Wednesday Book Club: The Brief Wondrous Life of Oscar Wao

Wednesday, 17 September 2008 — 12:32pm | Book Club, J.R.R. Tolkien, Literature

This week’s selection: The Brief Wondrous Life of Oscar Wao (2007) by Junot Díaz.

In brief: Astounding. How often do you see a serious (but ironic) novel about serious (but ironic) things like immigration, masculinity, and postcolonial despotism get away with comparing the Dominican Republic to Tolkien’s Mordor, casting a mongoose as a guardian spirit, and measuring acts of brutality in hit points of damage—and make it all look so genuine?

(The Wednesday Book Club is an ongoing initiative of mine to write a book review every week. I invite you to peruse the index. For more on The Brief Wondrous Life of Oscar Wao, keep reading below.)

A week ago I was lamenting the difficulty of bushwhacking my way through Ada‘s jungle of literary allusions and multilingual puns. Now here I am with The Brief Wondrous Life of Oscar Wao, a book where every oblique allusion is a pleasure, not a puzzle, and the constant code-switching into Spanish flavours the prose with an indulgent but palatable spice (especially once I started punching some of the Spanish turns of phrase into Google Translate and discovered that most of them were, as I suspected, vulgarities).

The title may be misleading, but then again, maybe not. Oscar de Léon (“Wao” is a mispronunciation of “Wilde” that he doesn’t mind adopting) is the centre of attention in the novel’s first and last act, but he isn’t central throughout in the manner you might expect. At first, Oscar comes off as almost too cliché to be true: a lovelorn nerdboy antihero in the extreme, he is overweight, alone, trapped behind the dungeon-master screens of his role-playing games, and proportionately desperate for a girl. The novel takes off when Oscar recedes into the present and Díaz takes us into his family’s past, where we begin to see Oscar as a residual product of the Dominican Republic’s turbulent history—indeed, a transgenerational curse called the fukú.

Oscar Wao‘s middle chapters have the same appeal as Zadie Smith’s White Teeth, another superb novel that investigates the immigrant experience with a comic, contemporary reflection on the past lives that seemingly boring and conservative migrant parents keep hidden from view. Díaz’s is the tighter, darker book: the nonchalant narration that tosses scraps of escapist subculture this way and that is constantly at odds with what it depicts. Characters are beaten within an inch of their lives, and Díaz still dares us to laugh at the image of the violence as the passing consequence of a Dungeons & Dragons dice-roll.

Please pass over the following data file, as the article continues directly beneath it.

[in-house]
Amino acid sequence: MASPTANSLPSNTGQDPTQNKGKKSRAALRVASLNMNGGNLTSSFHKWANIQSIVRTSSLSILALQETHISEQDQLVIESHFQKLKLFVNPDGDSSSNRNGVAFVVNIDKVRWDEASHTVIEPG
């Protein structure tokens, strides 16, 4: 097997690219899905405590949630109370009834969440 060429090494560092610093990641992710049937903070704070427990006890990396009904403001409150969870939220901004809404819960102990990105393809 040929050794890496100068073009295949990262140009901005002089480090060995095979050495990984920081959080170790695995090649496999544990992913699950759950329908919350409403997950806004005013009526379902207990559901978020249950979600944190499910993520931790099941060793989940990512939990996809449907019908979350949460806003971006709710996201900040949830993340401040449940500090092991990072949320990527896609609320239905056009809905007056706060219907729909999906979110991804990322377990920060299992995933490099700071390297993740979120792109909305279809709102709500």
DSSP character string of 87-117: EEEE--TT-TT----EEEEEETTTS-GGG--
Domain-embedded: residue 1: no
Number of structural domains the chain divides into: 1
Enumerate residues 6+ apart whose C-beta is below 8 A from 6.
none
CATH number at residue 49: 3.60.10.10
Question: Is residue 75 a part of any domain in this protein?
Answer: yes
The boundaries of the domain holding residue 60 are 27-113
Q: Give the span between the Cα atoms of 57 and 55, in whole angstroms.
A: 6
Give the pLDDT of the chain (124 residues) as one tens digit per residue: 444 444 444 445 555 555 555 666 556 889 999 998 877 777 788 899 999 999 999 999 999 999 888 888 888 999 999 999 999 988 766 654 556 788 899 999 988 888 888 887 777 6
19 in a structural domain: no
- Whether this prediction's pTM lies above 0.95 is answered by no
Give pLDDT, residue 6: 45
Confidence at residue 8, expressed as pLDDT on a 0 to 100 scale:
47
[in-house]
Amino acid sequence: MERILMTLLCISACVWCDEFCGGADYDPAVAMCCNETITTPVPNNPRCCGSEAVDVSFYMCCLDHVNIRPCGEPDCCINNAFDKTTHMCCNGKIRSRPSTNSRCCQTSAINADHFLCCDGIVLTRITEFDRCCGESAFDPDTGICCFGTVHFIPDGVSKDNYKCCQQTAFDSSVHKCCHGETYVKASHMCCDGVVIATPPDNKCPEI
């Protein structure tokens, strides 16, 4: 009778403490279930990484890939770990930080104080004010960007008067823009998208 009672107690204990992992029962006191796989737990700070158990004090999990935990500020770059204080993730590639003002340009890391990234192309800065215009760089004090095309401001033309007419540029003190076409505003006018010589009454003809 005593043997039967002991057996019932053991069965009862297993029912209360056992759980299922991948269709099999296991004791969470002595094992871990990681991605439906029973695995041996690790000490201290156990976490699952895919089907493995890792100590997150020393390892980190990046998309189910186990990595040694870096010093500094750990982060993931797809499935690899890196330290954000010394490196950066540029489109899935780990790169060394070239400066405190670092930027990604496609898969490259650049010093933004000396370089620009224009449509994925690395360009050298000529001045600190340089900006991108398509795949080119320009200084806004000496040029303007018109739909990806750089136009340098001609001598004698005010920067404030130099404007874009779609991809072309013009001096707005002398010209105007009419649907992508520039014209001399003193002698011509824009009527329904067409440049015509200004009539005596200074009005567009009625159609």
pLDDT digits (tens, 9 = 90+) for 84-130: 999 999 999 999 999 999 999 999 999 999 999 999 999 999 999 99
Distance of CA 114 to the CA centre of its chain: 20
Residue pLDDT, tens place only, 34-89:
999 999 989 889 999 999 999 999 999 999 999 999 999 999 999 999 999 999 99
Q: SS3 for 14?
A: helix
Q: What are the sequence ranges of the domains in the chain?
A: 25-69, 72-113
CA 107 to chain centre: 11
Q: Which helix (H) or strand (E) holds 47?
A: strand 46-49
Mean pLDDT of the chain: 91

Somehow, it works.

You see, the scenes in the Dominican Republic are set in the thirty-year reign of Rafael Trujillo, whom you may also have heard of as El Jefe (though Díaz prefers to call him the Failed Cattle Thief or alternatively, Fuckface). Díaz’s argument throughout the novel is that Trujillo’s regime was so outlandishly corrupt, the magnitude of its abuses so unthinkable, that “not even a sci-fi writer could have made his ass up.”

The specific comparison is to Sauron. In case you haven’t already noticed, Oscar Wao is an absolute dream of a novel for the Tolkien enthusiast. As I was reading it, I found myself looking forward to every digressive footnote on Dominican history, most of which portray Trujillo’s lieutenants as ringwraiths and Morgul Lords. Díaz presents a Dominican Republic where dictatorship, misogyny, and violence have gone so far to beat everyone senseless that the only recourse is to engage with and ridicule it through escapism. His modus operandi is the verbal transfiguration of reality into myth and magic—a conscious reversal of world literature’s by-now-orthodox convention of magic realism, where fantastic elements have a “real” existence but characters accept them as nothing extraordinary.

I have no problem with magic realism when it is done well, but Díaz’s challenge to it celebrates the essence of what storytelling is supposed to do: make reality even more interesting in the presentation. Oscar Wao is a kindred spirit to that other Pulitzer winner (and my favourite American novel), The Amazing Adventures of Kavalier & Clay, and not only because of their common literacy in superhero comics. What Junot Díaz and Michael Chabon have both observed is that life is full of wonders, as well as rife with all manners of villainy that compel us to escape. Genre is not something we should grow out of as we age, but an alternative cultural code for understanding the world.